This method works because it’s based on realistic expectations. You should be able to finish most, if not all, of your nine tasks every day. Feeling like you regularly accomplish what you set out to so will keep you motivated. It also helps you prioritize important tasks while leaving room for smaller, but still necessary, daily responsibilities.

The Visual Thinker

Do you like to create flow charts for your processes? Do numbers make more sense when there’s a graph to go along with them? Then the Eisenhower Method should be right up your alley.

  1. Draw a box and split in into four quadrants: (1) Important and Urgent, (2) Important but Not Urgent, (3) Not Important but Urgent, and (4) Not Important and Not Urgent
  2.  Put each of your to-dos into one of the quadrants.

    • Important and Urgent means it has to be done and it has a short-term deadline. Ex: creating a training schedule for a new hire starting this week.

    • Important but Not Urgent tasks are usually big-picture strategic items. Ex: setting departmental goals for next year.

    • Not Important but Urgent means it’s not helping you reach your goals for the day, but it does need to be addressed in a timely manner. Ex: returning phone calls and emails or completing reports.

    • Not Important and Not Urgent are usually administrative-type tasks. Ex: filing and organizing.

  3. Once you have your tasks plotted out, you can get to work on your urgent items (quadrants 1 and 3). Most of your time should be spent on quadrant 1 (Important and Urgent). Tackle them in order of importance. Try to be realistic about how much time each task will take and make sure to leave some time to work on your quadrant 3 items (Not Important but Urgent). You’ll keep better control of your day if you batch these tasks and set aside a few blocks of time during the day to deal with them all. Try to avoid addressing them as they come up. You don’t want to be distracted from the more important items.
  4. Don’t forget to plan for your non-urgent items, too. Set aside time every week to two to make headway on your quadrant 2 tasks (Important, Not Urgent). Breaking these large tasks into smaller pieces will keep you from feeling too overwhelmed to start and create a natural stopping point so you don’t steal time from urgent tasks. Look for opportunities to automate or delegate your quadrant 4 (not important, not urgent) tasks. If that isn’t possible, set a time at least once a month to deal with them so they don’t pile up. Look for a time when you usually don’t have the mental energy to deal with more important tasks.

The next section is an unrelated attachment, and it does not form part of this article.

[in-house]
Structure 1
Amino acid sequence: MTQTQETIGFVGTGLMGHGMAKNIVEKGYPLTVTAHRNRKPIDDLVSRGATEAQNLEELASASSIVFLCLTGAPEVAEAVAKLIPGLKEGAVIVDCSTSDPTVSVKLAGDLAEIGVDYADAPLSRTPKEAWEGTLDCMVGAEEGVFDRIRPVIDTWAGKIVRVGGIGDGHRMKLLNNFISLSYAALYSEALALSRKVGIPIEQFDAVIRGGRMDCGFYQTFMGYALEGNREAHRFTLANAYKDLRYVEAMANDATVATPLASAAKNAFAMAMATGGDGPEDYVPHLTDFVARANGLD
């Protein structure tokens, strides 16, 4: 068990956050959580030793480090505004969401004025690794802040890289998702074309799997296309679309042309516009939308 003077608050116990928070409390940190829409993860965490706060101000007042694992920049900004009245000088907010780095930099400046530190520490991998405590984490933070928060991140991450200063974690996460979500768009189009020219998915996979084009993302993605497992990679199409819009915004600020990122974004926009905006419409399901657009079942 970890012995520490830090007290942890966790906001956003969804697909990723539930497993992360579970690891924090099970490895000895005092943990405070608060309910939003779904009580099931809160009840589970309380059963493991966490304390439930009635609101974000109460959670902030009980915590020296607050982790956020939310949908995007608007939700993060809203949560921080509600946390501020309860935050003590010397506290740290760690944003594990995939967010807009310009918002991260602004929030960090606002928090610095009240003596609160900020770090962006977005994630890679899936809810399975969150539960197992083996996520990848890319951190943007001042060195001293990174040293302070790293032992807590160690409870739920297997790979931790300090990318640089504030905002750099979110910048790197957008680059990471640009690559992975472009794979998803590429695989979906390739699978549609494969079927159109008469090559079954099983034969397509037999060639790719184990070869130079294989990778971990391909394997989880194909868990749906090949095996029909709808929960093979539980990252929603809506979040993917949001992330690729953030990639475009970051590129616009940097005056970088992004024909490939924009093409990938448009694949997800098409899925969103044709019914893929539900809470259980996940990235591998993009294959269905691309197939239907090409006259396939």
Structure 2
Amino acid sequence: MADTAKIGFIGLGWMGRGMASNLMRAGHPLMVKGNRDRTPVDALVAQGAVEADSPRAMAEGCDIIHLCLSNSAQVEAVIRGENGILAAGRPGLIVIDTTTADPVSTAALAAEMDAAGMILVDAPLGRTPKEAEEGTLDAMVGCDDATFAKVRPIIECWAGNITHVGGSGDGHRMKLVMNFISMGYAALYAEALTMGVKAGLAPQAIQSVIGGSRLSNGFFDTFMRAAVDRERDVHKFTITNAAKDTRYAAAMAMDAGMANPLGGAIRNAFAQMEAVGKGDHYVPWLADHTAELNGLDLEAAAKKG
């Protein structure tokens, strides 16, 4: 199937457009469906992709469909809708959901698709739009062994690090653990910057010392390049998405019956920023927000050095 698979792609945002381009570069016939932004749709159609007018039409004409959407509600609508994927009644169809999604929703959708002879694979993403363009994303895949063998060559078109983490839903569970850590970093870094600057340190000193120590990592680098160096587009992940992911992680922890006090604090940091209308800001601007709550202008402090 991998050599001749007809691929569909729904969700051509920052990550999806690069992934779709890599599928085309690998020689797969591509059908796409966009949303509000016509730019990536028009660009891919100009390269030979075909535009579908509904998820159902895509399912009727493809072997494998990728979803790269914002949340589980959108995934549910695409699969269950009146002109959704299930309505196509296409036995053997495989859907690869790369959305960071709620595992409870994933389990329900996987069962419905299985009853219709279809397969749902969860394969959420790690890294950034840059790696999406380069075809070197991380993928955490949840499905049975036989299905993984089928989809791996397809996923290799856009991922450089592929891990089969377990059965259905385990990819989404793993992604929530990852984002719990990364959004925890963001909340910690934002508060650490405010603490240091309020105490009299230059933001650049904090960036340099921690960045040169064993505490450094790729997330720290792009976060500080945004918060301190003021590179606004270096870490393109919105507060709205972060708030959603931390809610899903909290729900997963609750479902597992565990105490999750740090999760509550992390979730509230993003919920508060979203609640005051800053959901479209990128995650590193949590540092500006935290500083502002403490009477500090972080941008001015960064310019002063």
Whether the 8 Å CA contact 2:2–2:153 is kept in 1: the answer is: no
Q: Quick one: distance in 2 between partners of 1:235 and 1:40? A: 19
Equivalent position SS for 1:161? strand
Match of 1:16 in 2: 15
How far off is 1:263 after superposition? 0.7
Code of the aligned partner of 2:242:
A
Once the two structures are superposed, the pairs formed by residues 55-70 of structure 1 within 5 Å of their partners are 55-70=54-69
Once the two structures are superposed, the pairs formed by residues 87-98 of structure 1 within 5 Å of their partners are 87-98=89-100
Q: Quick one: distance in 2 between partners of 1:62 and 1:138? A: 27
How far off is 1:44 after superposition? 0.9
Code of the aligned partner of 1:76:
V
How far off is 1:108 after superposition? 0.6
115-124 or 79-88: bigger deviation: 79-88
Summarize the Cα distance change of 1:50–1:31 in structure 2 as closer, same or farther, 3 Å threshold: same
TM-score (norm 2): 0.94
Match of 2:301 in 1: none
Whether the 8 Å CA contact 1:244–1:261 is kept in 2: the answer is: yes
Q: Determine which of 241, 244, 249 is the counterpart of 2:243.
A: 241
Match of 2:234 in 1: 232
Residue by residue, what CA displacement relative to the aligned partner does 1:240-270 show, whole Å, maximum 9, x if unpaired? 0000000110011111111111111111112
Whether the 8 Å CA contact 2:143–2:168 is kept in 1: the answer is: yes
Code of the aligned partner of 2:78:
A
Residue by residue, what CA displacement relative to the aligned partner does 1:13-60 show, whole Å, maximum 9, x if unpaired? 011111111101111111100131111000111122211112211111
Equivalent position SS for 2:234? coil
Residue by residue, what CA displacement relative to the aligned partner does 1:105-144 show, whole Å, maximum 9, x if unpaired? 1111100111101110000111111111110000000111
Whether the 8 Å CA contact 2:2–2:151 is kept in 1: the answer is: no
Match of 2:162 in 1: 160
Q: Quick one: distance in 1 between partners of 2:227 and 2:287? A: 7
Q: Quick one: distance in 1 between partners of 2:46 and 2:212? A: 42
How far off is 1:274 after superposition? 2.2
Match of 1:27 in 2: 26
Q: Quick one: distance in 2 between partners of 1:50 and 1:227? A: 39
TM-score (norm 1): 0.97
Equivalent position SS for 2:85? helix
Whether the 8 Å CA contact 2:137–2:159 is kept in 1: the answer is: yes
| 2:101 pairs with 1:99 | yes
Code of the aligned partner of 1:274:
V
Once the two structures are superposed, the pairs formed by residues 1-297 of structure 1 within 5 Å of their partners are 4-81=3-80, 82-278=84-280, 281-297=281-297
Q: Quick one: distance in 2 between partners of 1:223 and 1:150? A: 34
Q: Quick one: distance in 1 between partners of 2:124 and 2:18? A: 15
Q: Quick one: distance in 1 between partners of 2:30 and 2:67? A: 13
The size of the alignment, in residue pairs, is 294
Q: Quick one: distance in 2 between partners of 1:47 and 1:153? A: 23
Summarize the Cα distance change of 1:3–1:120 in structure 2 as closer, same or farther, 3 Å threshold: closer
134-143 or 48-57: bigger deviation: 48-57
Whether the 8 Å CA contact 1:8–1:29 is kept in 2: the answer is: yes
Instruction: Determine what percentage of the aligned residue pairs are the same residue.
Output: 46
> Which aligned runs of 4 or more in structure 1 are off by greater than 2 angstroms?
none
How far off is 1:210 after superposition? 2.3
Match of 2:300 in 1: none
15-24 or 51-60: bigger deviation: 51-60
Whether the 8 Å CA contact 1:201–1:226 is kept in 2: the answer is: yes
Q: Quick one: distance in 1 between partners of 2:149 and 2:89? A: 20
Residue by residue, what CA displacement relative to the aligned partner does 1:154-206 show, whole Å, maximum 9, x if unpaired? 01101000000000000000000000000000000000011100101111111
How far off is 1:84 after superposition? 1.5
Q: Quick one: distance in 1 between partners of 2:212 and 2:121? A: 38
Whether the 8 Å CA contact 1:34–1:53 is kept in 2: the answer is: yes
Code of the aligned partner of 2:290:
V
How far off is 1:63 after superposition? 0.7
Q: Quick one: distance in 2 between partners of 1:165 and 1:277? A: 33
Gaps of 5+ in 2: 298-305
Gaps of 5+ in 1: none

This method works because you can tell with one quick glance when you should be concentrating on. It also helps train you to be a better prioritizer. You can tell right away if the wrong types of tasks are falling off your list while the more important ones linger so you can adjust your behavior.

This one is for everyone

If you’ve chosen the right to-do list method, it should keep you motivated. But let’s face it, sometimes your to-do list just looks like “a bunch of junk I have to do.” That’s where this last list comes in. It doesn’t work that well on its own, but it makes a great addition to any to-do list. It’s the Love-To-Do list.

Your Love-To-Do list should include two types of tasks: short-term loves and long-term loves. Short-term loves are tasks that you do on a regular basis that you really enjoy. Long-term loves are the things you would love to tackle if only you could find the time. “If I could get caught up, I would love to…” or “If I could just get two days to myself, I would…” Both can be motivators.

Strategic use of your short-term loves can keep your to-do list from feeling like a slog. Once you’ve identified them, you can use them almost like rewards. Slot them in after a task that you know will be time consuming or mentally taxing. Follow up an item that you really don’t like doing with one that you do. It will help you reset so you can move on to the other items on your list with a fresh outlook.

You can think of your long-term loves as the carrots from the carrot and stick analogy. They’re hanging there in front of you to keep you moving forward. Constantly reminding yourself of the exciting thing you could be doing if you could get through your to-do list will keep you focused. Don’t waste time on tasks that aren’t yours. Delegate them and you’ll gain some time. Get disciplined about checking your emails only a few times a day and you’ll gain some time. Concentrate on finishing that report and you’ll gain some time. Soon you’ll have enough time to start in on the task you really want to accomplish.